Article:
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Fellow Members of the German Bundestag,
Ladies and gentlemen,
I bid you a warm welcome to this International Symposium on Child Abduction here at the Federal Foreign Office.
Thank you very much for attending today’s meeting, often entailing a long journey from another continent. Your presence means that we can benefit from your expertise and long years of practical experience. The reason for today’s symposium is, unfortunately, a serious one, often linked to human tragedy. When relationships break up, not only the adults endure great suffering; their children suffer even more. A quarrel over children can unfortunately often end in a nightmare experience for all concerned. Both parents literally fight for their children.
But the main issue here is not the rights of the parents. On the contrary, the focus must always be on the best interests of the child. Children, who from birth have the same rights and duties as adults, need our protection far more than adults, as young children in particular are unable to understand their rights; indeed they are unaware of them. For that reason children must not become pawns in the parents’ conflict. The tragic consequences of separation become even worse when the family conflict takes place across national borders.
National laws on custody often differ, as do national procedures, even if at European level we have come a long way towards harmonizing them. The situation is made even more difficult when one parent acts unilaterally, either taking the child abroad or not returning him or her from an agreed overseas trip. These are described as international child abductions. Today we want to look at this difficult issue. This international symposium, which the Federal Foreign Office has organized in close consultation with the Federal Ministry of Justice (BMJ) and the Federal Ministry for Family Affairs, Senior Citizens, Women and Youth (BMFSFJ), is probably the first of its kind in Germany – and let me state that I think it was about time!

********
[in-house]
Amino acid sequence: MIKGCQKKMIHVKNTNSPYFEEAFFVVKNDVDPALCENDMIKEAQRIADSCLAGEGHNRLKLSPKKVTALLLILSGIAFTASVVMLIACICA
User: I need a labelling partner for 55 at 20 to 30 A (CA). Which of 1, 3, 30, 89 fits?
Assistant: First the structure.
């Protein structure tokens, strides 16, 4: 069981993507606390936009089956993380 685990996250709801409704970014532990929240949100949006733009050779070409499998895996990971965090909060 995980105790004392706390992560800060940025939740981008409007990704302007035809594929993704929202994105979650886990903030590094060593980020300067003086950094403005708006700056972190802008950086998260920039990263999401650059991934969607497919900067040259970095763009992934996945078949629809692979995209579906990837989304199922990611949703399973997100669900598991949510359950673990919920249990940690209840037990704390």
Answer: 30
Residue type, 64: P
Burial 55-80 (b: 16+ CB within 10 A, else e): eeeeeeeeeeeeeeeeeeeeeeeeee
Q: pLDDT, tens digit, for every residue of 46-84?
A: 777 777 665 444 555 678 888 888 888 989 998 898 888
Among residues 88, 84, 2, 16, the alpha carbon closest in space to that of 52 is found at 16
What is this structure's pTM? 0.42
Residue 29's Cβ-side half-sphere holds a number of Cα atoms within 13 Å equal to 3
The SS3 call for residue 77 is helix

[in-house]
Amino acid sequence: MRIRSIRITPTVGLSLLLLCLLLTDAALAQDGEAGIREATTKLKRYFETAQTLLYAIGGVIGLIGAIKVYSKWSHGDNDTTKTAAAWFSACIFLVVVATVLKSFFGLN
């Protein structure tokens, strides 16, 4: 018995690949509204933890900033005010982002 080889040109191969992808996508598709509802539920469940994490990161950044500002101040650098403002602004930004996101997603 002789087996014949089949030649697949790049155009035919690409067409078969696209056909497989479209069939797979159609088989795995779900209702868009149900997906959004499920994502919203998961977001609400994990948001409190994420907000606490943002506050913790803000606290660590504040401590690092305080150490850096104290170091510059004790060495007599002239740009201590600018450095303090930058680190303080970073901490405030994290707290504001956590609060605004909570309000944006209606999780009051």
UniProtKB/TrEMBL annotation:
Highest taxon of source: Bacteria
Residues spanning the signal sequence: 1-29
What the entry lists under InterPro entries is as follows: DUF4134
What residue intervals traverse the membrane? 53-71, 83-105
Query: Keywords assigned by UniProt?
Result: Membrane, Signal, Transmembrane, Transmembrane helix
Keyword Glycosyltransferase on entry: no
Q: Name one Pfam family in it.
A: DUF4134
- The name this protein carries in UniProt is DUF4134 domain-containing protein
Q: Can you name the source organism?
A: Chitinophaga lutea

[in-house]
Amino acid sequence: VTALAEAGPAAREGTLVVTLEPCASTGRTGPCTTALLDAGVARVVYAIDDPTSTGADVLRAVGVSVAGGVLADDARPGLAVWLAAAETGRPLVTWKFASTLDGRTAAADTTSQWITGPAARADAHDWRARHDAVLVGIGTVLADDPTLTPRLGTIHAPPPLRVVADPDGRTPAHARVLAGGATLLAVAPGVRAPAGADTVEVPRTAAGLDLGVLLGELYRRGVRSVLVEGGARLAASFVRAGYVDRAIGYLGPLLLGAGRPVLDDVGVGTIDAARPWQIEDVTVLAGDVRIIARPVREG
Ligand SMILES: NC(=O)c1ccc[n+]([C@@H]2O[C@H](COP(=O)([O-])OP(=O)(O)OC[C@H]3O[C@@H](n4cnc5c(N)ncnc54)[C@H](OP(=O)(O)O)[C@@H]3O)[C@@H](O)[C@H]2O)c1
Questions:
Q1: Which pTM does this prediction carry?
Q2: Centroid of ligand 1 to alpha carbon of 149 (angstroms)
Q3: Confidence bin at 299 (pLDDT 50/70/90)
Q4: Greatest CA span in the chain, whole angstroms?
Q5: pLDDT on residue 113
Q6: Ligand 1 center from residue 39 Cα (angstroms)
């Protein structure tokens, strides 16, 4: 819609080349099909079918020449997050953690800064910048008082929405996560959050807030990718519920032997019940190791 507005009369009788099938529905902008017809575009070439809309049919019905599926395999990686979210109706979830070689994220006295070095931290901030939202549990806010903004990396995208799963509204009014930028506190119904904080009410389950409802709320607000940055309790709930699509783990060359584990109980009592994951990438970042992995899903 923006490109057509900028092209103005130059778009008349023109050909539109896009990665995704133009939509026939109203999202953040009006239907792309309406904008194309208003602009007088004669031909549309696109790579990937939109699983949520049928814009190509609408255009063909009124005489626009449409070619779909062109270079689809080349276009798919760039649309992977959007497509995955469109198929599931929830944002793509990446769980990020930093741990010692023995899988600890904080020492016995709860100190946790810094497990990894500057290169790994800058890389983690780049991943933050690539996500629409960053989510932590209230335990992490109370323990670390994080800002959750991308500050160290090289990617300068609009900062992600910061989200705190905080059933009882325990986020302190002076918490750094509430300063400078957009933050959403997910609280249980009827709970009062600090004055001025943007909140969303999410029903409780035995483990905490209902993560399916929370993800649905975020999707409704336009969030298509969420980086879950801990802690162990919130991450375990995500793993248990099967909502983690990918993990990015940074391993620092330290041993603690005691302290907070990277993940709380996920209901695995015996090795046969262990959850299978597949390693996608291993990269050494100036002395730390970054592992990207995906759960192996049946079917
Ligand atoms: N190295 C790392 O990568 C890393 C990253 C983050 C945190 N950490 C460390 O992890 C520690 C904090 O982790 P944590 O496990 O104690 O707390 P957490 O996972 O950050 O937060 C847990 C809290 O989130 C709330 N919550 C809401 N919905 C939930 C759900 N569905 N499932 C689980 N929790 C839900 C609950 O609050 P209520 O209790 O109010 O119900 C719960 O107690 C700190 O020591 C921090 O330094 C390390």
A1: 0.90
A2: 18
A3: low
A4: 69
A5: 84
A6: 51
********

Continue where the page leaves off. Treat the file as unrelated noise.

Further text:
I am confident that we will succeed in initiating a fruitful dialogue on various aspects of this complex theme of child abductions.
Unfortunately, in these highly mobile times, more and more international child abductions are taking place, and legislators, authorities, and society in general are therefore facing new and increasing tasks. In such cases, more than in other cases of injustice, we are racing against time. You all know how quickly a young child develops, how quickly an abducted child adapts to the new, if illegal situation, thus complicating things even further. The longer the abduction lasts, the more difficult it is to return the child. For that particular reason the maxim “justice delayed is justice denied” is both a warning and an encouragement to us.
This need for swift action was the rationale behind the conclusion of the Hague Convention on the Civil Aspects of International Child Abduction (HCCAICA). For Germany and the other 80 signatories, the HCCAICA states that the child must first be immediately returned to his or her country of origin, so as to prevent protracted court cases in the country to which he or she has been abducted – particularly regarding custody. These issues are to be decided upon in the country of origin in the child’s interests. The return of the child may only be refused on very specific grounds, for example potentially grave danger to the child’s welfare. One of the HCCAICA’s major advantages is the direct contact between the “central authorities” in the member countries – for Germany this is the Federal Office of Justice. This is designed to depoliticize and defuse what is a tragic situation. Without the Hague system parents would be left alone to fight the custody case in the courts in the country of abduction.
Another advantage of the HCCAICA is the constantly growing network of “Hague liaison judges” in the member states, which promotes direct contacts among judges with expertise in this field.
However, not all problems have been resolved even within the Convention itself: There are still cases where the member states have yet to implement the Convention in their national legislation so as to comply with the international law obligation to return abducted children quickly.
The interaction between the central authorities and the national bodies and courts can also be improved, and in many cases further training is desirable for the judges involved in abduction cases.